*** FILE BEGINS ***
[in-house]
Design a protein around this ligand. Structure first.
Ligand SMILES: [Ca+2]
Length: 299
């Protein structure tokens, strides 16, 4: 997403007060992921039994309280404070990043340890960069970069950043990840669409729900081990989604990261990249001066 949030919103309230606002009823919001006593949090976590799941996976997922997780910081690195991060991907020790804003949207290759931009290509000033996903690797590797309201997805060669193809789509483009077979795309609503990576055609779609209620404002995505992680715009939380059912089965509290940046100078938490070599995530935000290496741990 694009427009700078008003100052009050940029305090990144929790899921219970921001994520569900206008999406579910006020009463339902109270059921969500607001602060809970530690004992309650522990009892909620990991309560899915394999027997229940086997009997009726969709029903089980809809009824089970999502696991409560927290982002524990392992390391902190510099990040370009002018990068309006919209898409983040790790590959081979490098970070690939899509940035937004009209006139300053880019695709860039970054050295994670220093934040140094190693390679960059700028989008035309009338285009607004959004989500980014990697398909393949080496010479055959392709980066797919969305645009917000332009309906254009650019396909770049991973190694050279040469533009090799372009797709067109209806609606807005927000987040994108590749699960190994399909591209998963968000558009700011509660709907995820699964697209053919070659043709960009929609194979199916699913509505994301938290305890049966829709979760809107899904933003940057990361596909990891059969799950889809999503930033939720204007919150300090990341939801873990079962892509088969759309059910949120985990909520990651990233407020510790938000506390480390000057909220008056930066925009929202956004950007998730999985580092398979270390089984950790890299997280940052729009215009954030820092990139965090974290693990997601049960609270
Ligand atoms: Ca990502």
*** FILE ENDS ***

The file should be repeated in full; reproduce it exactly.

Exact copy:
[in-house]
Design a protein around this ligand. Structure first.
Ligand SMILES: [Ca+2]
Length: 299
């Protein structure tokens, strides 16, 4: 997403007060992921039994309280404070990043340890960069970069950043990840669409729900081990989604990261990249001066 949030919103309230606002009823919001006593949090976590799941996976997922997780910081690195991060991907020790804003949207290759931009290509000033996903690797590797309201997805060669193809789509483009077979795309609503990576055609779609209620404002995505992680715009939380059912089965509290940046100078938490070599995530935000290496741990 694009427009700078008003100052009050940029305090990144929790899921219970921001994520569900206008999406579910006020009463339902109270059921969500607001602060809970530690004992309650522990009892909620990991309560899915394999027997229940086997009997009726969709029903089980809809009824089970999502696991409560927290982002524990392992390391902190510099990040370009002018990068309006919209898409983040790790590959081979490098970070690939899509940035937004009209006139300053880019695709860039970054050295994670220093934040140094190693390679960059700028989008035309009338285009607004959004989500980014990697398909393949080496010479055959392709980066797919969305645009917000332009309906254009650019396909770049991973190694050279040469533009090799372009797709067109209806609606807005927000987040994108590749699960190994399909591209998963968000558009700011509660709907995820699964697209053919070659043709960009929609194979199916699913509505994301938290305890049966829709979760809107899904933003940057990361596909990891059969799950889809999503930033939720204007919150300090990341939801873990079962892509088969759309059910949120985990909520990651990233407020510790938000506390480390000057909220008056930066925009929202956004950007998730999985580092398979270390089984950790890299997280940052729009215009954030820092990139965090974290693990997601049960609270
Ligand atoms: Ca990502």